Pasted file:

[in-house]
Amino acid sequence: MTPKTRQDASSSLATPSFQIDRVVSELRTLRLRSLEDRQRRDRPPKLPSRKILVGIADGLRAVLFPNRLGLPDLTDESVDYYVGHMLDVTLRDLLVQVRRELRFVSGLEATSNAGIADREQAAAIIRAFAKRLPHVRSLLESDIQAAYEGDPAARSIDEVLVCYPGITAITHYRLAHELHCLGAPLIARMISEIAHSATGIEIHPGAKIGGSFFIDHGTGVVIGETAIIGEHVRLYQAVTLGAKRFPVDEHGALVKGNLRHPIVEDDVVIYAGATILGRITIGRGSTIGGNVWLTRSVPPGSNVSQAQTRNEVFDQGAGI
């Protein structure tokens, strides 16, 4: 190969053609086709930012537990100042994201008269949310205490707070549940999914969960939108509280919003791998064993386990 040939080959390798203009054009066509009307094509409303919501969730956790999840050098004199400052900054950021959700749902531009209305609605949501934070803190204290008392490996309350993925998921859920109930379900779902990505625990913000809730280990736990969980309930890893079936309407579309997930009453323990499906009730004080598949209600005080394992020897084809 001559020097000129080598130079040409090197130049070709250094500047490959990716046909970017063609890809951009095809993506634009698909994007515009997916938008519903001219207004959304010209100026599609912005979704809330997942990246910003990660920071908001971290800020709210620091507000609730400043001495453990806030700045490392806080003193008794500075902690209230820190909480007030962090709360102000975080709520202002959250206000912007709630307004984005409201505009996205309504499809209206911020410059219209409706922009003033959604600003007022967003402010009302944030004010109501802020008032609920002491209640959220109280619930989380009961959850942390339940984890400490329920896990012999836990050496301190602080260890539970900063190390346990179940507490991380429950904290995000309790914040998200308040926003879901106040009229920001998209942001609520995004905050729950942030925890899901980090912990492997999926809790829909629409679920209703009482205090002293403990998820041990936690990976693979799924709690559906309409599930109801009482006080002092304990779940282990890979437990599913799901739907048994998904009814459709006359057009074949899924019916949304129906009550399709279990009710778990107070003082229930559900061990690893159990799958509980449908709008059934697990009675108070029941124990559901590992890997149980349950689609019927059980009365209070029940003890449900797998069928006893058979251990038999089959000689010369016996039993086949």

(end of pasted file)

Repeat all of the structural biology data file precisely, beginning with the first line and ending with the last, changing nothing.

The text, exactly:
[in-house]
Amino acid sequence: MTPKTRQDASSSLATPSFQIDRVVSELRTLRLRSLEDRQRRDRPPKLPSRKILVGIADGLRAVLFPNRLGLPDLTDESVDYYVGHMLDVTLRDLLVQVRRELRFVSGLEATSNAGIADREQAAAIIRAFAKRLPHVRSLLESDIQAAYEGDPAARSIDEVLVCYPGITAITHYRLAHELHCLGAPLIARMISEIAHSATGIEIHPGAKIGGSFFIDHGTGVVIGETAIIGEHVRLYQAVTLGAKRFPVDEHGALVKGNLRHPIVEDDVVIYAGATILGRITIGRGSTIGGNVWLTRSVPPGSNVSQAQTRNEVFDQGAGI
């Protein structure tokens, strides 16, 4: 190969053609086709930012537990100042994201008269949310205490707070549940999914969960939108509280919003791998064993386990 040939080959390798203009054009066509009307094509409303919501969730956790999840050098004199400052900054950021959700749902531009209305609605949501934070803190204290008392490996309350993925998921859920109930379900779902990505625990913000809730280990736990969980309930890893079936309407579309997930009453323990499906009730004080598949209600005080394992020897084809 001559020097000129080598130079040409090197130049070709250094500047490959990716046909970017063609890809951009095809993506634009698909994007515009997916938008519903001219207004959304010209100026599609912005979704809330997942990246910003990660920071908001971290800020709210620091507000609730400043001495453990806030700045490392806080003193008794500075902690209230820190909480007030962090709360102000975080709520202002959250206000912007709630307004984005409201505009996205309504499809209206911020410059219209409706922009003033959604600003007022967003402010009302944030004010109501802020008032609920002491209640959220109280619930989380009961959850942390339940984890400490329920896990012999836990050496301190602080260890539970900063190390346990179940507490991380429950904290995000309790914040998200308040926003879901106040009229920001998209942001609520995004905050729950942030925890899901980090912990492997999926809790829909629409679920209703009482205090002293403990998820041990936690990976693979799924709690559906309409599930109801009482006080002092304990779940282990890979437990599913799901739907048994998904009814459709006359057009074949899924019916949304129906009550399709279990009710778990107070003082229930559900061990690893159990799958509980449908709008059934697990009675108070029941124990559901590992890997149980349950689609019927059980009365209070029940003890449900797998069928006893058979251990038999089959000689010369016996039993086949």